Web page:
In the cities of Pará de Minas and Leandro Ferreira, Minas Gerais, there are many stories from people who believe they were cured thanks to “father Libério”, a local catholic priest deceased in 1980 who, though not officially, is worshiped by the locals as a saint.

Last year, young student Walace de Souza was hit in a road, breaking his pelvis and suffering from internal hemorrhage. Doctors “gave him three days left to live”, tells his father.

But two months later Walace was not only still alive, he was able to stand up. The recovery was “miraculous”, which only made their surprise greater when they saw the x-ray of Walace’s pelvis. Yes, the man who appears in his pelvis is father Libério, the non-official saint.

The local church is investigating if that would be considered a miracle to be included in the process to canonize Libério, but Fantástico TV show quoted doctor Paulo Bahia classifying it as an “optical illusion”.

“The eyes are formed by the sacrum, that is the bone that makes up part of the pelvis, the ears are formed by the ilia, also a bone structure of the pelvis, the mouth is gas from the intestines, as well as the face is partially formed by the bladder that is full in this case”, he explained.

If that wasn’t embarrassing enough, guess what Walace de Souza was doing when he was hit in the road? He was taking part in a religious procession. I can certainly understand that he and his family were glad with the recovery and were prone to see divine intervention rather than a bad diagnostic, but this is surely a case where faith didn’t help very much in the first place.

Pareidolia can be quite surprising indeed, though in these cases it is just slightly amusing. Virgin Mary in a brain scan is more easy to discuss in a dinner table than these ones from the lower parts which end up inevitably involving intestines and bladders, gases and urine.

Sure, they are, for the exact same reasons, funnier. Haha, this post has the v-word. Three times.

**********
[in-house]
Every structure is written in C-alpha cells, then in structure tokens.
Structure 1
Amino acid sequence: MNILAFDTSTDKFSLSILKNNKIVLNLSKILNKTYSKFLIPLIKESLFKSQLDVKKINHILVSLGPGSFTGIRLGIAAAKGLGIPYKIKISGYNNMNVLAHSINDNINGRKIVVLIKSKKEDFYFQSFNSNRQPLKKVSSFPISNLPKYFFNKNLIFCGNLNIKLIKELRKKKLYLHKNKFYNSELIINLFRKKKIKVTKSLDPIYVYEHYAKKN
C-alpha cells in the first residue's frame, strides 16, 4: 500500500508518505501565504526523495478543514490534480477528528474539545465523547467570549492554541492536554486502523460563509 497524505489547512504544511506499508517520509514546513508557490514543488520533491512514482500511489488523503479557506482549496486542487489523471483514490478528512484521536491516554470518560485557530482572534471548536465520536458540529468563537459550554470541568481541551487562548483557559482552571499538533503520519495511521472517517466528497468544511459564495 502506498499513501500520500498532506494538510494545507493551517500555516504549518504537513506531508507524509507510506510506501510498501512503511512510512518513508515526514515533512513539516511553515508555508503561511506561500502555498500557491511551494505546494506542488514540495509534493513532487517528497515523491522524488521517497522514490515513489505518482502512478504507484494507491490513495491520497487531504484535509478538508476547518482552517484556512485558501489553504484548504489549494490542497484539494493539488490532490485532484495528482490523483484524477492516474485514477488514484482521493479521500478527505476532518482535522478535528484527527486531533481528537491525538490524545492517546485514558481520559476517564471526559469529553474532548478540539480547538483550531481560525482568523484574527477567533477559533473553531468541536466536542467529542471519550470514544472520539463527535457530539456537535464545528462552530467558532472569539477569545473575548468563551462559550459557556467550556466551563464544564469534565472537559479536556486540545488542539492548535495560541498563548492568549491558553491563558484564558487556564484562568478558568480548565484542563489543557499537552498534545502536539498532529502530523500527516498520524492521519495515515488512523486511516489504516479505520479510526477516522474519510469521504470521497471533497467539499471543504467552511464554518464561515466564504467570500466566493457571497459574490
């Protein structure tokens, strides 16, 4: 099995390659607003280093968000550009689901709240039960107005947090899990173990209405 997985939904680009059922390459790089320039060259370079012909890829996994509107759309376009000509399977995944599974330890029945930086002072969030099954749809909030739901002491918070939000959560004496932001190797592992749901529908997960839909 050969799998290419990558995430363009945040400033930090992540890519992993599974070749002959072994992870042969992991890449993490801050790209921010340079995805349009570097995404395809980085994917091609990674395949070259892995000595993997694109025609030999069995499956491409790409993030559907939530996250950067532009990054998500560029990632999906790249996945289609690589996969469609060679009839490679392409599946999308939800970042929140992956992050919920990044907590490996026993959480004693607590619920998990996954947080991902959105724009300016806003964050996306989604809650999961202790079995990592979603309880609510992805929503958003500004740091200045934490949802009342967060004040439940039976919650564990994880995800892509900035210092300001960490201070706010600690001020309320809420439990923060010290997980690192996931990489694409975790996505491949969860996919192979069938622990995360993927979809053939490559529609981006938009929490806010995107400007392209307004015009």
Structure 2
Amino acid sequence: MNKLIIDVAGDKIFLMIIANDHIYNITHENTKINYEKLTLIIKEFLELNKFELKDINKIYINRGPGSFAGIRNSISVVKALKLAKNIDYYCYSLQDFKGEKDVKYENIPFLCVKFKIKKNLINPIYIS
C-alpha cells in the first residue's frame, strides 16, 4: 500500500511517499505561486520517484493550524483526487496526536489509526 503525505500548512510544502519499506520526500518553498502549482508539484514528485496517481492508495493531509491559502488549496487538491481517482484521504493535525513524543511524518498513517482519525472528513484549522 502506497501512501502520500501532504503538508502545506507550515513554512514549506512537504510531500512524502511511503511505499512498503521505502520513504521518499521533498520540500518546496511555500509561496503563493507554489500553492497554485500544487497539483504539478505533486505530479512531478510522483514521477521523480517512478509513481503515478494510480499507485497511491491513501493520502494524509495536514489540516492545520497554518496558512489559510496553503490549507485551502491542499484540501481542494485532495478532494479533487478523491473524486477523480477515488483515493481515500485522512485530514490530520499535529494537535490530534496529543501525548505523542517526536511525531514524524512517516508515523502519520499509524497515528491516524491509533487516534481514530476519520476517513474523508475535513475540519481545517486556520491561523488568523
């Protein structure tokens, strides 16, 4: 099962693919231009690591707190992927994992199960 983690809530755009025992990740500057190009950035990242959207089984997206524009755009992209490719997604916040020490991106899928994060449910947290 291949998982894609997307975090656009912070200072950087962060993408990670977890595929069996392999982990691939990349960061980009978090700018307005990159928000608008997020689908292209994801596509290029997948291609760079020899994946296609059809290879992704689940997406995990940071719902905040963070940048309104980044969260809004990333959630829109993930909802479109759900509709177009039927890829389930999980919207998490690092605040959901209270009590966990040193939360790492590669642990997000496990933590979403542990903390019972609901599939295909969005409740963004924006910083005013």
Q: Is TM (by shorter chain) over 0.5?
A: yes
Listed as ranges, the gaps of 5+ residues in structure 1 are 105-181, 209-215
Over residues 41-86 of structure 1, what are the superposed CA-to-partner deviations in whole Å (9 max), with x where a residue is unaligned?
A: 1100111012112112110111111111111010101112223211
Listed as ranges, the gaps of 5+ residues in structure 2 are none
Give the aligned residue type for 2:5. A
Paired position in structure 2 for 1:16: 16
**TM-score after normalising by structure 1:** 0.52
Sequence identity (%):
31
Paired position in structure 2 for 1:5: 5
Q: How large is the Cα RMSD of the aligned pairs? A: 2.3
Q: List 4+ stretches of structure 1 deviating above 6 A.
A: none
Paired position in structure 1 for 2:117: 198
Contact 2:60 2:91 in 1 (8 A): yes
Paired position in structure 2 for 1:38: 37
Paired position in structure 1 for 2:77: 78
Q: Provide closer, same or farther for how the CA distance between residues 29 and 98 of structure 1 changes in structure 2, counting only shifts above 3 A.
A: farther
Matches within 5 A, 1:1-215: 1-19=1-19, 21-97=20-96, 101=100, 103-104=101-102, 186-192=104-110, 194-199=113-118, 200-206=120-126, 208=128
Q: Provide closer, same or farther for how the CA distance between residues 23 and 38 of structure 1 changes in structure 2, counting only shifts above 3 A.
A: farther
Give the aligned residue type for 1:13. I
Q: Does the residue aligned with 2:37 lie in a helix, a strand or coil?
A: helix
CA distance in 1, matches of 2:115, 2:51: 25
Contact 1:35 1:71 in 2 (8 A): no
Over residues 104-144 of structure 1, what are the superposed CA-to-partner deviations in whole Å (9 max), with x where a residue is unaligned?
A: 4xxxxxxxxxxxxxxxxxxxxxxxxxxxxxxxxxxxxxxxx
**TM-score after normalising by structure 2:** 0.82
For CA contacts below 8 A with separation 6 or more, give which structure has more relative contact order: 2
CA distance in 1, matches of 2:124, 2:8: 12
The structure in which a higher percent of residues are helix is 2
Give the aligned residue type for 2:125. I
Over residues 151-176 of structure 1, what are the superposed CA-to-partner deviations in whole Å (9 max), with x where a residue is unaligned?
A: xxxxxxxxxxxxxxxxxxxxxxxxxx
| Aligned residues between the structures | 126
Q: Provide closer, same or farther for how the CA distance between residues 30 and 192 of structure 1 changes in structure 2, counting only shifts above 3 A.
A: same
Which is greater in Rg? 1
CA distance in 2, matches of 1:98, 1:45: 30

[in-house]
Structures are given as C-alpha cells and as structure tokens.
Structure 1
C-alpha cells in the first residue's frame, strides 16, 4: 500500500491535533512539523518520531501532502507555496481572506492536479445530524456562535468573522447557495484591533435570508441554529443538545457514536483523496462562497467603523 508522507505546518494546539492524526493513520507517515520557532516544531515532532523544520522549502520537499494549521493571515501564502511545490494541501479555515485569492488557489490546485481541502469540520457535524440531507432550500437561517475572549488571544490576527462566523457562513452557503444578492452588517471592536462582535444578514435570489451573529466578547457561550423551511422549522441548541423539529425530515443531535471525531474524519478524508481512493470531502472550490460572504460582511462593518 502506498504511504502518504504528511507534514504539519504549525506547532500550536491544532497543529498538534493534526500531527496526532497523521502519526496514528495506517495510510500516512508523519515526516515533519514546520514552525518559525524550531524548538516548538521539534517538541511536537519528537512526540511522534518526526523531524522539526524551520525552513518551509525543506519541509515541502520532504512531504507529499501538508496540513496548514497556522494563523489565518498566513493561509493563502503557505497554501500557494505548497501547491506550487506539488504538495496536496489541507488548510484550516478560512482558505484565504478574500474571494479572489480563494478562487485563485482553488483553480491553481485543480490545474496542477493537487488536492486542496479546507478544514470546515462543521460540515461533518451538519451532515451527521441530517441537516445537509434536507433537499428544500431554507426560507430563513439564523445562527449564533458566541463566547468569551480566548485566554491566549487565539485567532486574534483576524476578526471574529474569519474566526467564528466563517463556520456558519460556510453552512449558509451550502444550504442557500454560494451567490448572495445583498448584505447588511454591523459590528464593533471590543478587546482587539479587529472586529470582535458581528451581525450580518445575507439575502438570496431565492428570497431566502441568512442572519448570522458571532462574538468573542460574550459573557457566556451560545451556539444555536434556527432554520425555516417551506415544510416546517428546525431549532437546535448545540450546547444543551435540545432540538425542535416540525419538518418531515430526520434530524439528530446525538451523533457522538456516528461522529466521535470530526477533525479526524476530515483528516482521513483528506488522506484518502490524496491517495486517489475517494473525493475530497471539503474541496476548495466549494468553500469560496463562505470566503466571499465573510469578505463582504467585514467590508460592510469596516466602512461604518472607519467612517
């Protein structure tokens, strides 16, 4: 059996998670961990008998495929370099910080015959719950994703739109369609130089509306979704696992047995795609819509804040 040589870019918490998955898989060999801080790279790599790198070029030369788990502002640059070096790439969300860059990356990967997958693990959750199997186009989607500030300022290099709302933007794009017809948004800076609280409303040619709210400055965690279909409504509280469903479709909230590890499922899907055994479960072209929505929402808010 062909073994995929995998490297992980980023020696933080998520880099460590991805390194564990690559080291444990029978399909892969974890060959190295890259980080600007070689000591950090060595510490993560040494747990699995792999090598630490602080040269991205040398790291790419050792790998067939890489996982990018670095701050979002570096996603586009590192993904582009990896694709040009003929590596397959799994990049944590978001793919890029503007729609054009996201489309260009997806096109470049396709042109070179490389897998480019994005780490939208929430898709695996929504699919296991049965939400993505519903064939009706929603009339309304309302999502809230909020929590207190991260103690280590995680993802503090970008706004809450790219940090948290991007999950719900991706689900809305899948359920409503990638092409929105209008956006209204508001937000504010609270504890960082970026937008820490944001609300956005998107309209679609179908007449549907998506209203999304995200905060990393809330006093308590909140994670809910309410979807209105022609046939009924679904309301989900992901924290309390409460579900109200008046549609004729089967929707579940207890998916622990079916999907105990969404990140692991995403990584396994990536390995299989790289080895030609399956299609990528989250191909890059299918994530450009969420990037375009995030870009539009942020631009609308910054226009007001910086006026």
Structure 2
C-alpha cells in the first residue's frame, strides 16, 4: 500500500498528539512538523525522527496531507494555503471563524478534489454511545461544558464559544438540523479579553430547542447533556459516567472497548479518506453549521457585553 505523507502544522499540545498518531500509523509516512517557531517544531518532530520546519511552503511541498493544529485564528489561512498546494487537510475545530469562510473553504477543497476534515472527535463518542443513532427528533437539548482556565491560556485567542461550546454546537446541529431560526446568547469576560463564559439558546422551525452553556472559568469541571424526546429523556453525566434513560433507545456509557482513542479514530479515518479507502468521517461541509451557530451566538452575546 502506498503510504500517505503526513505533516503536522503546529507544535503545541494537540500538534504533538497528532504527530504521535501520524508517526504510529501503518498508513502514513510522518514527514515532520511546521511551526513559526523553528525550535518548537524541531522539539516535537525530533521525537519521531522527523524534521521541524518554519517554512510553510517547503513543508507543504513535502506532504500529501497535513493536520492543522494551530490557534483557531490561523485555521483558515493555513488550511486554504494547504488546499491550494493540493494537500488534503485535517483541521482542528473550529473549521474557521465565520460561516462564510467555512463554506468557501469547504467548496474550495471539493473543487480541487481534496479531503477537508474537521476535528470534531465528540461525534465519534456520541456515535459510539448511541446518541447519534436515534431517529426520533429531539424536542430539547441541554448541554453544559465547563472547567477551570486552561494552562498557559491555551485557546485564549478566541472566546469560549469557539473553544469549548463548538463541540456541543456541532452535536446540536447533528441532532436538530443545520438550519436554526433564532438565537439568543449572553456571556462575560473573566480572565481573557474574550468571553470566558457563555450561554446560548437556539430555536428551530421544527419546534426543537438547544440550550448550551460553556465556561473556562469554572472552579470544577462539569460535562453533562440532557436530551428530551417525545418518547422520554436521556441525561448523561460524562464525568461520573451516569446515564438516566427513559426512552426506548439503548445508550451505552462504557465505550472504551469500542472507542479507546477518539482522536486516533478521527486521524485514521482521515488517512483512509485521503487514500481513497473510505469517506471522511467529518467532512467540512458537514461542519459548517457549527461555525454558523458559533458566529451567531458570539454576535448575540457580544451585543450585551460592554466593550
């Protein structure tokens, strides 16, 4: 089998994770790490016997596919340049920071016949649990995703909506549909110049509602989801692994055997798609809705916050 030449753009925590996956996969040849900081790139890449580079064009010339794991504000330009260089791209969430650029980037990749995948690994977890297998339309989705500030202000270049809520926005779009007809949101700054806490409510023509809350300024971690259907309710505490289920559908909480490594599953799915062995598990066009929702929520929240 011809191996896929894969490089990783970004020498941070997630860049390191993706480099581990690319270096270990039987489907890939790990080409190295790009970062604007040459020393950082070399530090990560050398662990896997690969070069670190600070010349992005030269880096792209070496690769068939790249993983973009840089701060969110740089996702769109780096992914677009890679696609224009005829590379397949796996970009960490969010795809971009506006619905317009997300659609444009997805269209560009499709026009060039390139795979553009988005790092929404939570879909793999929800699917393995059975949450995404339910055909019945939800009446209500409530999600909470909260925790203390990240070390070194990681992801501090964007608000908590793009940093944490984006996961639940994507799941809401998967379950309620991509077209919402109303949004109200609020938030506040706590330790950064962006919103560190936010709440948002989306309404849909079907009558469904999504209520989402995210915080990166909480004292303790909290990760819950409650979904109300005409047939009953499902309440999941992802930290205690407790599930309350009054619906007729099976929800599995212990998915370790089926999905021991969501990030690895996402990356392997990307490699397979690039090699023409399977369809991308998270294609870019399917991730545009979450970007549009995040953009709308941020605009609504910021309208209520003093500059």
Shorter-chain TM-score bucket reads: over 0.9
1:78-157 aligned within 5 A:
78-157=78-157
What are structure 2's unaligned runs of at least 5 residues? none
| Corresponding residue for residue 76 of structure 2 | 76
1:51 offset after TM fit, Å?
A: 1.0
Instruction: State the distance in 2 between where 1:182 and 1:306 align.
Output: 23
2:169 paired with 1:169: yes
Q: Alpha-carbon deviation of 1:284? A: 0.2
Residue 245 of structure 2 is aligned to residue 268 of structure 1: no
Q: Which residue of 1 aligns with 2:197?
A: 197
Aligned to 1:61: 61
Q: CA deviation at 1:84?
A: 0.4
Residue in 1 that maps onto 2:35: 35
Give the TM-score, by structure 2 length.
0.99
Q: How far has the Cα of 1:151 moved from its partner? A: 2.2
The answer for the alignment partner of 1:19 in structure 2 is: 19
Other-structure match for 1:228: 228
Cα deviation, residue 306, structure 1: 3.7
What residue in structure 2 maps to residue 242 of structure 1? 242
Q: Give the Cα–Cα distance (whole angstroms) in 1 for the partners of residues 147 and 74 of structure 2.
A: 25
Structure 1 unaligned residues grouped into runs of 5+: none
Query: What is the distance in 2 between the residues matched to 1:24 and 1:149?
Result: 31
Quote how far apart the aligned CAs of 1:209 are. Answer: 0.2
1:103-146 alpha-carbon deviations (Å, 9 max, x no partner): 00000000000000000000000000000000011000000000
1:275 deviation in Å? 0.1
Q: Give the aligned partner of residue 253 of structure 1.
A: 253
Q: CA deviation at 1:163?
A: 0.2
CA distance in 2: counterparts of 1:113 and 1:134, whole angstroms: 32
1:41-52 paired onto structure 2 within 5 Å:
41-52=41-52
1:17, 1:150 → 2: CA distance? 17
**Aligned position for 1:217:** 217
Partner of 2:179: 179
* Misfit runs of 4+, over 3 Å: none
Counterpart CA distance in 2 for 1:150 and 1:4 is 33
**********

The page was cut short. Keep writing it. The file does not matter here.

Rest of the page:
[Many thanks to Marco Lazzeri]

Popularity: 2% [?]

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Best Pareidolia Ever


Have you seen Jesus today? The photo above may be a good chance. Sent by Jessica Lundgren from Sweden to paranormal.about.com, you can see the clear profile of a giant bearded man with closed eyes. It does resemble common representations of a fellow named Jesus. Even though that enormous Jesus head doesn’t quite fit into the rest of the image. What’s going on there? Jessica writes that “the child died short after the photo was taken”.


If you look carefully you may recognize that the photo is of a Victorian couple, with a small child sitting on the knee of the man. And then you may realize that that child is Jesus. Or rather that the big white hat of the little one is Jesus’ forehead and his tiny right forearm is Lord’s upper beard. Jesus’ hair is the vegetation in the background. Simply amazing.

[UPDATE] In Simpsons’ colors:



Richelle Hawks makes some further comments, and finds some other less impressive pareidolia in that same old image. “What is most likely, and maybe no less compelling—are the false head and other anomalies just ‘meaningless’ coincidences in which we find/attach/force/desire meaning?”, she asks.

That we first realize a giant face in the photo, even though it doesn’t fit the rest of the image, is probably not a coincidence. We have more neurons dedicated to promptly identifying faces than the ones that recognize Victorian kids sitting on their dad’s lap. That’s why pareidolia happens so often with faces. You don’t usually see Victorian kids in the clouds.

An explanation that I hope doesn’t make this any less compelling: this is really the best pareidolia case ever. Want more? Keep reading for another interesting – and classic, and perhaps controversial – example.

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Popularity: 7% [?]